~ Posted by Simon Willis, November 16th 2012
This morning I was in the queue for Paris Photo, a photography fair at the Grand Palais just off the Champs-Élysées. It was a cold, misty morning, and the small person in front was wearing a black beanie, the collar of his sports jacket turned up. His light-blue jeans were too short, and his Converse were blue and pristine. Easy to imagine him, dressed this way, skipping out of a suburban house in 1950s America. Then he turned round. His face and neck were covered in blue, green and red tattoos. Through his ear lobes were circular plates of plastic, two or three inches across, one of which had a hole in the middle, so that it looked like a giant Polo mint.
He fitted in fine this year among the elegant folks who had come to buy and sell photographs under the mammoth glass and wrought-iron dome of the Grand Palais. The organisers had asked the film director David Lynch to choose his favourite pictures from the thousands that the photography galleries show at the fair. He picked 96, and each is marked by a little black sign on the wall saying "Vu par David Lynch". There's an app for the fair, which shows the pictures, and tells you where to find them. So, phone in hand, I set off on the Lynch tour. I felt it had already started in the queue.
I headed first for a photograph by Guy Tillim. It shows a beach strewn with rubbish and small stones. There's a dog in foreground, children on surfboards in the water, the odd flip-flop on the beach. Lynch's best films have a creepy mixture of privet-fenced normality and psychosexual violence. There isn't much of either in Tillim's photograph. Lynch must have just liked it.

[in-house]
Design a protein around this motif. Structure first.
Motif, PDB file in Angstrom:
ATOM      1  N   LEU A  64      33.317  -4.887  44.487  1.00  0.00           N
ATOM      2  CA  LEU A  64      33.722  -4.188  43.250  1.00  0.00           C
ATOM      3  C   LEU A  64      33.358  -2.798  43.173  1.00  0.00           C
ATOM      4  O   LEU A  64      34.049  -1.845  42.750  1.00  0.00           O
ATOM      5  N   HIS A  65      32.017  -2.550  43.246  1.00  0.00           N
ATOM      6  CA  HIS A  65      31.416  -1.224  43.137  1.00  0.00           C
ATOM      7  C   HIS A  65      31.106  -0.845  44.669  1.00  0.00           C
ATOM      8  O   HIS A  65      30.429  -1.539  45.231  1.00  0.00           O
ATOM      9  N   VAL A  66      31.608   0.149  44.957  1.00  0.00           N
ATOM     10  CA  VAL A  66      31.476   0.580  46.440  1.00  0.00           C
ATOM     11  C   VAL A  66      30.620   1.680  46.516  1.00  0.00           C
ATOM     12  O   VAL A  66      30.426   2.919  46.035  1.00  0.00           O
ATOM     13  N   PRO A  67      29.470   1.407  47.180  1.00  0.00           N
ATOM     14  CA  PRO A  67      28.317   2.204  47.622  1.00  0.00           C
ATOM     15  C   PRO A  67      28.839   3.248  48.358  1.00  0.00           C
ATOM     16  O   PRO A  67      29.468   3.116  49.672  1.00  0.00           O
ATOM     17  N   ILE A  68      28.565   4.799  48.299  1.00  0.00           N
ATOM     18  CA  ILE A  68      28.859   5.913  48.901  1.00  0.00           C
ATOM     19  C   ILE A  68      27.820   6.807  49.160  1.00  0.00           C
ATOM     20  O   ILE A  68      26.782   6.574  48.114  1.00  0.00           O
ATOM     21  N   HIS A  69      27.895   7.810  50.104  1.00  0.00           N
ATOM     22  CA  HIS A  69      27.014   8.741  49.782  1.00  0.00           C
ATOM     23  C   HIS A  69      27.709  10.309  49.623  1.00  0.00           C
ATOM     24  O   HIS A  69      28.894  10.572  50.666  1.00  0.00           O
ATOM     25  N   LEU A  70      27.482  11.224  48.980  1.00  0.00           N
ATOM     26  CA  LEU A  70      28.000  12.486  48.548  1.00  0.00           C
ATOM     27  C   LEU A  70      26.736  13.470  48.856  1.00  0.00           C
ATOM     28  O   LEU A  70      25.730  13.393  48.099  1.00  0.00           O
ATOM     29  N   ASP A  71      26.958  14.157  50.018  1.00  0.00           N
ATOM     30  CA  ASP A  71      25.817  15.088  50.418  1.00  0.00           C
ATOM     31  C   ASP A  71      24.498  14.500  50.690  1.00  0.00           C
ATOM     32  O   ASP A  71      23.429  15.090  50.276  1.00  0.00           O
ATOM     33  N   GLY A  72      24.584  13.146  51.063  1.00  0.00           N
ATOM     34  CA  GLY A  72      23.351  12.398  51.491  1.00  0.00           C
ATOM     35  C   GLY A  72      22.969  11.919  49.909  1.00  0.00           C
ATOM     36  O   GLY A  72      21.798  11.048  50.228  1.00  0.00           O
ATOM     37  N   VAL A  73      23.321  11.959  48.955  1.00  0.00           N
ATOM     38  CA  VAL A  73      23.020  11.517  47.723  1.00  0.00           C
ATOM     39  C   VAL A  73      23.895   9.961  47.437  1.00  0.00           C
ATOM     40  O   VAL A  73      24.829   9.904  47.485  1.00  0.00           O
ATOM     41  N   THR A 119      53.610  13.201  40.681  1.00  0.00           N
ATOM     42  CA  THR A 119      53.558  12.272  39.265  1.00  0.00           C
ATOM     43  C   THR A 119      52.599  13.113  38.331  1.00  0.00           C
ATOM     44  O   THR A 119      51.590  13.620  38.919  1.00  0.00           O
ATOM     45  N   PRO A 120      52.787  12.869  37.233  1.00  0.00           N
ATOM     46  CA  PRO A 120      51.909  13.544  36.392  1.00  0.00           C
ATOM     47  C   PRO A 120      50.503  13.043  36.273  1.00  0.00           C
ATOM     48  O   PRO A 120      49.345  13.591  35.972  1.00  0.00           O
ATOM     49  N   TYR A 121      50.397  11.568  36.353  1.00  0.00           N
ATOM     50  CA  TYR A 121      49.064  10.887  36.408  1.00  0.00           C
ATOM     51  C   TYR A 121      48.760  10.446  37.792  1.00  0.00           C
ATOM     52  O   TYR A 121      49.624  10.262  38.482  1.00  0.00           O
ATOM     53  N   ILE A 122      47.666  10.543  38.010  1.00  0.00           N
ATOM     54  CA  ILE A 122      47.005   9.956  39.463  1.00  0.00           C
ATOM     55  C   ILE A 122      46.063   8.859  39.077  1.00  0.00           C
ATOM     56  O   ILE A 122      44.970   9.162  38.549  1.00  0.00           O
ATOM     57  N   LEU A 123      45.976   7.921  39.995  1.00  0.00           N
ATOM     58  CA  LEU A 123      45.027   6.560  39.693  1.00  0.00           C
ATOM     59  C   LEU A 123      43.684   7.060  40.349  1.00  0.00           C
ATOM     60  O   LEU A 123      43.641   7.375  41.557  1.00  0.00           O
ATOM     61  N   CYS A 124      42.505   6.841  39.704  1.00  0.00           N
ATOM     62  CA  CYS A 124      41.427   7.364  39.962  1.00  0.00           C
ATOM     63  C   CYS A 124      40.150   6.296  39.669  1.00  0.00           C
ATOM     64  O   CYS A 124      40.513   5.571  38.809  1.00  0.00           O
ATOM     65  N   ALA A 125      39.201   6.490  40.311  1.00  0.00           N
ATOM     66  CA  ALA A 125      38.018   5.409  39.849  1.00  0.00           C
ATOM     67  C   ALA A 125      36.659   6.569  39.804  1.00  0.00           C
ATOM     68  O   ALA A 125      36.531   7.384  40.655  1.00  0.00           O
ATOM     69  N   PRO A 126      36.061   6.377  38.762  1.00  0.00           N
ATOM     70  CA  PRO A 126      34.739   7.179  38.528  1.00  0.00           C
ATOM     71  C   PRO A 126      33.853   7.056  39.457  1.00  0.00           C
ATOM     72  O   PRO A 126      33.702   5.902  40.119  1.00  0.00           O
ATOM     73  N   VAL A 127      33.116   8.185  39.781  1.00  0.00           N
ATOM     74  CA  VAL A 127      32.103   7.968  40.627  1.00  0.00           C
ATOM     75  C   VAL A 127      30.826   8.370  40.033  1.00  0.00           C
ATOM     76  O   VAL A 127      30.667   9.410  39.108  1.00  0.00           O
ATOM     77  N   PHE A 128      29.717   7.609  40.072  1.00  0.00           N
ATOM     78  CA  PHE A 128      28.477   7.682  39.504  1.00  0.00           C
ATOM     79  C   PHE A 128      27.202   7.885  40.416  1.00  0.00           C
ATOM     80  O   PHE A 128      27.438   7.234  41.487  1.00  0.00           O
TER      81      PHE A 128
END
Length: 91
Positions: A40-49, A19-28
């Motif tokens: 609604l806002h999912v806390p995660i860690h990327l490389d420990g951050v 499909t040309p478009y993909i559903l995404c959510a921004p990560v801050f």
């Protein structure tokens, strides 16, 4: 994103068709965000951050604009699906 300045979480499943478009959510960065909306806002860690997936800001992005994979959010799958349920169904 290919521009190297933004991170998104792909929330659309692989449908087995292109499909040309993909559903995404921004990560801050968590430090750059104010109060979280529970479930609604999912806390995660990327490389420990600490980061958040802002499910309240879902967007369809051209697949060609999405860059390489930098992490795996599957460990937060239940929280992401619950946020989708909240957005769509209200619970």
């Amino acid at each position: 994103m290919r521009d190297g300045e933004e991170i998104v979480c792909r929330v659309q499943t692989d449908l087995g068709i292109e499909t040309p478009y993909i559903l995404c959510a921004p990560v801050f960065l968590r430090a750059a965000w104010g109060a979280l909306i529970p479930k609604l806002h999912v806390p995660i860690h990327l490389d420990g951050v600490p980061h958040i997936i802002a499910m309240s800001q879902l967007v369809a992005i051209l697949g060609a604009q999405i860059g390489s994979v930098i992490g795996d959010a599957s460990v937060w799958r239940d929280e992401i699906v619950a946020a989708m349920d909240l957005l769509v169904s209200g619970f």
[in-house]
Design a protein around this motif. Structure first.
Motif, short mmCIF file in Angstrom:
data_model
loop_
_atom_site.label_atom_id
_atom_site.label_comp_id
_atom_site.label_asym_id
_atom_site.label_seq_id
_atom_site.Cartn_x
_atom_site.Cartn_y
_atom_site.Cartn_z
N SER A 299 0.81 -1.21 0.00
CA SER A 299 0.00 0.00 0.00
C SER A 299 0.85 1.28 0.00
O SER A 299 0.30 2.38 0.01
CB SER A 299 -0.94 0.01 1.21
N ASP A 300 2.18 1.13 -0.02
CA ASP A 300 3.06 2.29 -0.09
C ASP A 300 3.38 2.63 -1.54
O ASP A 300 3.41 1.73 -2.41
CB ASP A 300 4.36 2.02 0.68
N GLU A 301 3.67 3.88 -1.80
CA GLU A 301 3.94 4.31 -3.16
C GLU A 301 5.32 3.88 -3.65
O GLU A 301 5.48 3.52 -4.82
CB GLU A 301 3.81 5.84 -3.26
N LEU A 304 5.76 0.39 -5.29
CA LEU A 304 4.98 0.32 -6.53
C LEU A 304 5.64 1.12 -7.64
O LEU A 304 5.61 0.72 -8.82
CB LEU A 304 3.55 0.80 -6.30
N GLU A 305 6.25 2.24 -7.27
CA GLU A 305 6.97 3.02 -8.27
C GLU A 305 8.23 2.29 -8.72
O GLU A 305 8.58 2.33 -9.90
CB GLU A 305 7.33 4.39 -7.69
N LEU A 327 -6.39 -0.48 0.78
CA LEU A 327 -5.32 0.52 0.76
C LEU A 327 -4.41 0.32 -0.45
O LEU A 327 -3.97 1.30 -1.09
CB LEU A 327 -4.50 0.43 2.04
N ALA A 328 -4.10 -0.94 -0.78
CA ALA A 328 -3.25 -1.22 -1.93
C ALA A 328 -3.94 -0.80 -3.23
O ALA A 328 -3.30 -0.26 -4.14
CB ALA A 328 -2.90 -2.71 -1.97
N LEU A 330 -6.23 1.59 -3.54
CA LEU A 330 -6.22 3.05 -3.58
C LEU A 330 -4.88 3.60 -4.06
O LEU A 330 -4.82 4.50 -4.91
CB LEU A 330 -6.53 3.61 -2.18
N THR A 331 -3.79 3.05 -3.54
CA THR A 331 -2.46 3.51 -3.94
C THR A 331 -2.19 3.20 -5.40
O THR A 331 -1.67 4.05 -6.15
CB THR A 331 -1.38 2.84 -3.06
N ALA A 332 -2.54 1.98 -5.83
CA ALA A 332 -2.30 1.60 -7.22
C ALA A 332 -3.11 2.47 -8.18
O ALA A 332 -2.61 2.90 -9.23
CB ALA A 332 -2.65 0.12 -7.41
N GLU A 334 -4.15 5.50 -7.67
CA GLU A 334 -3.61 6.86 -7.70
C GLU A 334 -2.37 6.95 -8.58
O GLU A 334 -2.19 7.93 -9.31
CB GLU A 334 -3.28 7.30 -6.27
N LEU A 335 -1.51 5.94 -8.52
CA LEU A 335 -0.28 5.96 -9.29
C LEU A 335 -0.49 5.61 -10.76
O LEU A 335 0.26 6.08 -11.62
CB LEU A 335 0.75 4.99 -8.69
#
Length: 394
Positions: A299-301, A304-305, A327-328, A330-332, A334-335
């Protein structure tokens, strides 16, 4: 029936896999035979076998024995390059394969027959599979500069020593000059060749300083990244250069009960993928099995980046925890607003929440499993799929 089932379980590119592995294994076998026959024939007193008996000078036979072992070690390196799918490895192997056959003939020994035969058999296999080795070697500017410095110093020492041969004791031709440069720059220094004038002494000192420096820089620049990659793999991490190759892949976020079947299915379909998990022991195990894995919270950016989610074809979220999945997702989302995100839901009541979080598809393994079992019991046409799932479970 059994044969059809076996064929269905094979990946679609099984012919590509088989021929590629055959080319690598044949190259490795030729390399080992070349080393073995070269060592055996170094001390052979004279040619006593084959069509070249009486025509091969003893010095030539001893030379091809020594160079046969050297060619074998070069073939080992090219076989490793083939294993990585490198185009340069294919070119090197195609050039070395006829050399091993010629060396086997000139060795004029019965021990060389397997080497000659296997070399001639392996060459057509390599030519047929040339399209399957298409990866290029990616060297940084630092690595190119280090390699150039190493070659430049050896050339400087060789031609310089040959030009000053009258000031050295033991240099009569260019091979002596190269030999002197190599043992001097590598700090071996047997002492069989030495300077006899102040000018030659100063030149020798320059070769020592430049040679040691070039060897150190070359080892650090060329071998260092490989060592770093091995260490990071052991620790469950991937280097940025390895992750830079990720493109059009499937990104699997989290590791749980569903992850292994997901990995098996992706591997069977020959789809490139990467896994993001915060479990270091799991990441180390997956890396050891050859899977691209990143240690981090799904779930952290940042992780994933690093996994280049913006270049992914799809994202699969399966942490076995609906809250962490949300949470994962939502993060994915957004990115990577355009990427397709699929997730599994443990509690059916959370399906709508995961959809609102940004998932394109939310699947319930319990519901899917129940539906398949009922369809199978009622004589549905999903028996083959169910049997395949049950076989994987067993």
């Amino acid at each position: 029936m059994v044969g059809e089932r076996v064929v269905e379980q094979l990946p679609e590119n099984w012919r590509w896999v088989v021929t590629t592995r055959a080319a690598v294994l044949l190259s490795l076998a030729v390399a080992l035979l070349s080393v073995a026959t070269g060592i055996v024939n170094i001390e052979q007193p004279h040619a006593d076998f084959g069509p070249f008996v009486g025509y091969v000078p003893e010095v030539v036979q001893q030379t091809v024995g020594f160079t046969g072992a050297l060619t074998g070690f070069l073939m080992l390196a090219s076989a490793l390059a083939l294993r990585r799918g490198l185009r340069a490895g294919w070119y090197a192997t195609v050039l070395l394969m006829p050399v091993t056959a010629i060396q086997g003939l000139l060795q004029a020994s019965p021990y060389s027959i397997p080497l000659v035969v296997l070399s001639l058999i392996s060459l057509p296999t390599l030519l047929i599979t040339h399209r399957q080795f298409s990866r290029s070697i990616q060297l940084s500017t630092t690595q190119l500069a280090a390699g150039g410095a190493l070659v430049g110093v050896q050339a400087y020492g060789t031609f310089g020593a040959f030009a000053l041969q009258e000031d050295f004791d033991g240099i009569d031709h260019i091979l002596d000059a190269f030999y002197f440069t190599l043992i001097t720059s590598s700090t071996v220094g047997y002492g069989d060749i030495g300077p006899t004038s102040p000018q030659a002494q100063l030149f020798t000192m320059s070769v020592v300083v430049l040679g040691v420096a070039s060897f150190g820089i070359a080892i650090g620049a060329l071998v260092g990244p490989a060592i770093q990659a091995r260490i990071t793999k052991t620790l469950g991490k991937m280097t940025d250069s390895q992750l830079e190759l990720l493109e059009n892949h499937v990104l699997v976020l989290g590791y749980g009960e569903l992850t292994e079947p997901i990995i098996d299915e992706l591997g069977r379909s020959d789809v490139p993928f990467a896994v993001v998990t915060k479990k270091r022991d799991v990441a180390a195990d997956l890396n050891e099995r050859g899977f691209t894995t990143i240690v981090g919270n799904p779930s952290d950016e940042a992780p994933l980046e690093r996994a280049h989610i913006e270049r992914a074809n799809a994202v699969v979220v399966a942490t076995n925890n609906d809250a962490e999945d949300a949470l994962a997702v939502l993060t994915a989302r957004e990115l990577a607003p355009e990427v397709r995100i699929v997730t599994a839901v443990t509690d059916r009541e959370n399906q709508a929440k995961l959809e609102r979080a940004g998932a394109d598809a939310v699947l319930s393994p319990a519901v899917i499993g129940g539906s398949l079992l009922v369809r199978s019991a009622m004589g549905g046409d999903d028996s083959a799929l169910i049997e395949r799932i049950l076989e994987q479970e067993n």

But then things get very Lynchian indeed. Two shots by Olivier Metzger could almost be stills from a Lynch film. One shows a blue clapboard house at night. There are no lights on, and two of the downstairs windows are open. In the other, a young woman with a blank expression is on the phone. It's night. She's photographed through a window. Below the window is a neatly trimmed hedge. In Philip-Lorca diCordia's photograph "W, September 2000 #6", two expensively suited women with fine jewellery and stiff hair-dos, are having a meal with a younger man. The women have tight smiles on their faces. The man, also smiling, is clasping a glass of beer. The picture was taken in a restaurant at the top of the World Trade Centre.
Then I began to see Lynch even where there was no black label on the wall. He didn't choose Daido Moriyama's photograph of women's legs on a train, one pair slightly ajar, another pair with little white socks on its feet, and girlish shoes with a buckle. Nor did he choose Gilles Berquet's pictures of women urinating. Although perhaps that effect wasn't so much achieved by the pictures themselves as by the middle-aged American couple in front of them. The wife, in a dainty orange hat, was looking at the pictures. The husband was next to her in a tweed coat. "Shall we go for lunch?" he said.